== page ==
Liberty Mutual is one of the largest property and casualty insurers in the world, with more than 45,000 employees globally. As the company grew, so did the mixture of overlapping systems, making it more and more difficult to keep costs under control while ensuring that both internal and external customers had access to the resources they needed. The solution was a major shift to the public cloud for most workloads, along with a consolidation and modernization of the compute and storage platforms in its on-premises private cloud.
One of the biggest drivers has been the fast growth of the company's data stores, which reached the 40-petabyte mark a few years ago. It required a team of 100 infrastructure engineers and systems administrators to manage more than 60,000 servers and VDI instances, along with a massive amount of data stored in storage-area networks (SANs), network-attached storage (NAS) and, more recently, object storage.
During a period of about 10 years, the IT group added several different solutions to its storage approach to address various problems. Because Liberty Mutual had three data centers across the country, it had to replicate different solutions and types of storage across data centers. To make matters even more challenging, the company would add caching appliances and other solutions to bolster the speed and performance of aging, low-performance storage.
All of this came to a head in 2018 when Liberty Mutual's internal customers began complaining that they couldn't get the storage they needed fast enough.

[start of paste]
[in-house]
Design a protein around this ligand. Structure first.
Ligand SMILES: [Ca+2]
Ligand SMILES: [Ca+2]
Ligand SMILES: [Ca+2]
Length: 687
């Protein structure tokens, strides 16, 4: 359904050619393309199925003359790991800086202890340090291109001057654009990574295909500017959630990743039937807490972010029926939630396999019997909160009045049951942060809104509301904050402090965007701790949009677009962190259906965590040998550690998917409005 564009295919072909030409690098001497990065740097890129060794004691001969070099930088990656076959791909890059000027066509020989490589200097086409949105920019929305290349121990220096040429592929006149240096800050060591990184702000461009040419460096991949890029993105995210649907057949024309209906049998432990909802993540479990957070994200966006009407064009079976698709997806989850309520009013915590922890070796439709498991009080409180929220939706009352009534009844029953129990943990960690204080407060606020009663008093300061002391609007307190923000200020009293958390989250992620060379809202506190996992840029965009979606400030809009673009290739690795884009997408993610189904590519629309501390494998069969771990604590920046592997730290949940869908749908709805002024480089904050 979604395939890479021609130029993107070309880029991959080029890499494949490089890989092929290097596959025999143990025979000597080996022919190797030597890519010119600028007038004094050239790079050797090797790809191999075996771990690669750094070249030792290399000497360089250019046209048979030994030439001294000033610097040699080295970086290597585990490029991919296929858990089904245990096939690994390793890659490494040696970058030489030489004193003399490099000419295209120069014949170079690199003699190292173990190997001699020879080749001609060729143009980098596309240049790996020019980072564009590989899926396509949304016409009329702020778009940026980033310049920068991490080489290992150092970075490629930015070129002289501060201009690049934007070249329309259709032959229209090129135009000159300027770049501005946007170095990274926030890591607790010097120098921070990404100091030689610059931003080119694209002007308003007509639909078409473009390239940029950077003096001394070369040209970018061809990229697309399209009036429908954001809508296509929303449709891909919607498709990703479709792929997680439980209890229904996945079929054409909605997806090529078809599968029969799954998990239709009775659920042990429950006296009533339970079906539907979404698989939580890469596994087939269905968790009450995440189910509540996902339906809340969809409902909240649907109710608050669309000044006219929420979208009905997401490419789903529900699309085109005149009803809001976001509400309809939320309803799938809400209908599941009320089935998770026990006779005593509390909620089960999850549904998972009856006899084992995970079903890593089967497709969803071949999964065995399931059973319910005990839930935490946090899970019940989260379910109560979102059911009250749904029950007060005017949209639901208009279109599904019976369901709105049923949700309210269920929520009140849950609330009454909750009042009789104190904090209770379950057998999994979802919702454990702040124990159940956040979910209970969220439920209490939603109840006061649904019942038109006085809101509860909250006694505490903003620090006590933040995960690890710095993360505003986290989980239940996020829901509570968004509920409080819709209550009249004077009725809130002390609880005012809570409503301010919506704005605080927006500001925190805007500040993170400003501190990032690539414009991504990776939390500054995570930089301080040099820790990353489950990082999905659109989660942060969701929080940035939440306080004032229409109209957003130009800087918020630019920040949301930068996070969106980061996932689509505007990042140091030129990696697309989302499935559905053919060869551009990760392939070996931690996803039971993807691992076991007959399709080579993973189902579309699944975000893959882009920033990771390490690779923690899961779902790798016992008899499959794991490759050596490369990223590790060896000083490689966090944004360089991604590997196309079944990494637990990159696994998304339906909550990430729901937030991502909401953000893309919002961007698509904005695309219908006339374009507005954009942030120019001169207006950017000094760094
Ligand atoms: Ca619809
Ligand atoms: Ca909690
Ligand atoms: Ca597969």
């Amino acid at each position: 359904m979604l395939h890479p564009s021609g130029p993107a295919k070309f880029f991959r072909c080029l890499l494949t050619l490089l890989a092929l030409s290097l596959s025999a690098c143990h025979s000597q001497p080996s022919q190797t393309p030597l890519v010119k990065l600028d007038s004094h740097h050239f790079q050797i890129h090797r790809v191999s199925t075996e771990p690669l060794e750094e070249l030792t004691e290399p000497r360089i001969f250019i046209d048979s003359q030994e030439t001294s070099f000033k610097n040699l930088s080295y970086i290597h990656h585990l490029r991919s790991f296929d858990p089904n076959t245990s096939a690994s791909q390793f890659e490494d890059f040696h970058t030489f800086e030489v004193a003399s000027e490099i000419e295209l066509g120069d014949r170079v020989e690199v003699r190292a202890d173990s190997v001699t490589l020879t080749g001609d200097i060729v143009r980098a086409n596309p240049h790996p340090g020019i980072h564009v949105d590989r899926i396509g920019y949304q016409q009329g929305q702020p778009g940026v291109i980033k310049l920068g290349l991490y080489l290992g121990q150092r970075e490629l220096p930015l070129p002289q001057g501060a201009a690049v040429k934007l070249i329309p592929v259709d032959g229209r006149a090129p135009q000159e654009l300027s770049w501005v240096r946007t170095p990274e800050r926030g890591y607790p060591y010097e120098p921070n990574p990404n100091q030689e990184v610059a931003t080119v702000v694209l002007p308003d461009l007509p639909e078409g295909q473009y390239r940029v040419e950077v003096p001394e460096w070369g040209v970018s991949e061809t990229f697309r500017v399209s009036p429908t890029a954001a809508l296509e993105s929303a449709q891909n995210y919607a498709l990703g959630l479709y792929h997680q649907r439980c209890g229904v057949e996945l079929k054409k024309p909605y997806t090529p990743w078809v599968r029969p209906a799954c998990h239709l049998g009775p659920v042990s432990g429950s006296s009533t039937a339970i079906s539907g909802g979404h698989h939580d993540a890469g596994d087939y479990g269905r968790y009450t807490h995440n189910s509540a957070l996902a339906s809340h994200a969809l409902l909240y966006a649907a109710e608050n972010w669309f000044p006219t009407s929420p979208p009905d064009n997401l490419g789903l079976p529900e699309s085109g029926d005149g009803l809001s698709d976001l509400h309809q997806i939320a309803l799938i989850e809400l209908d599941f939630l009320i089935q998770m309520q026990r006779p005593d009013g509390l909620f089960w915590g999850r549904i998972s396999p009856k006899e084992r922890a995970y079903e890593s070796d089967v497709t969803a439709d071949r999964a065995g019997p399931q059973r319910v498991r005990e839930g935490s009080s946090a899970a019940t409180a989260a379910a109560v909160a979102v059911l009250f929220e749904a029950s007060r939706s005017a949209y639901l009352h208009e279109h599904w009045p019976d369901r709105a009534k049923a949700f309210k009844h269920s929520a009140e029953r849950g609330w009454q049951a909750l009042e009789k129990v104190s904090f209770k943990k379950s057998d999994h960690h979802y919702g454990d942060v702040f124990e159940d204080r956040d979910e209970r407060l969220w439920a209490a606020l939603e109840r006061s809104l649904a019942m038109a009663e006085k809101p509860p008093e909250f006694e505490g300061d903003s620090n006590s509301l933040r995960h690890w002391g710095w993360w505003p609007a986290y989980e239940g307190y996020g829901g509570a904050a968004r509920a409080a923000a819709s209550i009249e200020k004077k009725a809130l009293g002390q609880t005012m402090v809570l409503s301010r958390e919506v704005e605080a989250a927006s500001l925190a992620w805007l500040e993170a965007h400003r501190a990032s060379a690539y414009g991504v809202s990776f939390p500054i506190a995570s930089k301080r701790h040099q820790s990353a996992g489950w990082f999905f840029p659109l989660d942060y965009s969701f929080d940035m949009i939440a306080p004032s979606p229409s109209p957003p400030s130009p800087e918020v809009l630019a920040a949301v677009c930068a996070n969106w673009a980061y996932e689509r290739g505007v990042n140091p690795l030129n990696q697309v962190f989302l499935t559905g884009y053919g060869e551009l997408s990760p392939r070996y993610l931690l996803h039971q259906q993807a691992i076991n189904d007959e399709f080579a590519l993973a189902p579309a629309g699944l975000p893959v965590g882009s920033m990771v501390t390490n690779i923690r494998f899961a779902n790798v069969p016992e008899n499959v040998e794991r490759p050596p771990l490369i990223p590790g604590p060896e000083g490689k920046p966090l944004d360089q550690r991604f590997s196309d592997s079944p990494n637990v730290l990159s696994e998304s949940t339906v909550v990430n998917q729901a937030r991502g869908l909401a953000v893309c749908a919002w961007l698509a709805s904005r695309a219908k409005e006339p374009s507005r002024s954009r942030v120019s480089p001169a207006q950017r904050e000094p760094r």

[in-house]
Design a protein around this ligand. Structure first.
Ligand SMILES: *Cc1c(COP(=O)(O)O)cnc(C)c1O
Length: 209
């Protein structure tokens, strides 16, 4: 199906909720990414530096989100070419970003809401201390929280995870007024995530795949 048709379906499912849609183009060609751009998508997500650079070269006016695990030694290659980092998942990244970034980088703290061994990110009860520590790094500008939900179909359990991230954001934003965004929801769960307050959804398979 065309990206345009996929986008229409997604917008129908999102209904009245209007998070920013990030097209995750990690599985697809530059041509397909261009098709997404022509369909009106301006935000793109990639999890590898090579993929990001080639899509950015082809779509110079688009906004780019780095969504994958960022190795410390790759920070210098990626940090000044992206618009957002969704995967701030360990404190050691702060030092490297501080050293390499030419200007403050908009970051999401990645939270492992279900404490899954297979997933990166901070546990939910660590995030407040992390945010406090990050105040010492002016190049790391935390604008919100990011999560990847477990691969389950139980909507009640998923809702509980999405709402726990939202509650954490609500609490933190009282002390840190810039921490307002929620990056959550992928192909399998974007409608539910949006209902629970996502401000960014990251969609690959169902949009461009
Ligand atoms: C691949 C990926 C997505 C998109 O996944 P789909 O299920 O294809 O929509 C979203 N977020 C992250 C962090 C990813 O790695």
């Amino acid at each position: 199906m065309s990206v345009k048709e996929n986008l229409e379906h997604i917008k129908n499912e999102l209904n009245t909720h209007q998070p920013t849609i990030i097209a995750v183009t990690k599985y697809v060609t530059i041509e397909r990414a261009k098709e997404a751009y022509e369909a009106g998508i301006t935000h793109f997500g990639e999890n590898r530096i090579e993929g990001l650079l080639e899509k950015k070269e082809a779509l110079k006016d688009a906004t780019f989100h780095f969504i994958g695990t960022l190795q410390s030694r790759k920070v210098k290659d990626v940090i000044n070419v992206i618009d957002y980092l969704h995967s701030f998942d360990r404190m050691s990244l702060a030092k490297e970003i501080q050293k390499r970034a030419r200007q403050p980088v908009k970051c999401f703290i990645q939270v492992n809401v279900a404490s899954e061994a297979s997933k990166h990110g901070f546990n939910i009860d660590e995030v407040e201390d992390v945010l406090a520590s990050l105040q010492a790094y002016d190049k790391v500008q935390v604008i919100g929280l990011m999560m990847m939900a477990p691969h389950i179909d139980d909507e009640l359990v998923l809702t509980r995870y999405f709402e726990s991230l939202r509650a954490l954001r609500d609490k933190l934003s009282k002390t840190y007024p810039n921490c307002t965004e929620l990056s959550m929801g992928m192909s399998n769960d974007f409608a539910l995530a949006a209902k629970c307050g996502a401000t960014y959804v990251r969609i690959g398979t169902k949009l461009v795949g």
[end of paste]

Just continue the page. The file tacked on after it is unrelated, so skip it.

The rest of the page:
"About 30% of the operational team was playing a shell game, taking storage from one location and one product and moving it to another to free up space to do something else," said Chris Lund, director of hybrid compute and storage at Liberty Mutual. "It was still a safe place to store customer documents because it continued to meet SLAs in a lot of ways, but managing it was really tough."
At the same time, storage requirements continued to grow between 5% and 10% every year. All of this convinced Lund's team to make some serious changes.
One of the features Lund insisted on was cloud-based storage, which could be used for off-site replication. That way, the company could have a production copy of data located as closely as possible to the applications it served, as well as a replica for disaster recovery purposes. That scenario was a much more efficient and cost-effective solution to the storage approach Liberty Mutual was using at the time, which required all data to be stored in triplicate.
The solution also had to be simple. Instead of having multiple tiers and types, the team wanted low-cost, high-performance solid-state disk—something that didn't exist several years ago. By the time the team was looking for a replacement, it realized that the company could get at a reasonable cost very high performant solid-state disk that was much more reliable than spinning disk.
That settled the matter. "At that point, it was a no-brainer," Lund said. "We could get the performance so we would have it when we need it, and if we don't use it, it's not like it's costing us that much, and we'll make up for it on the operational side through drastic simplification of the environment."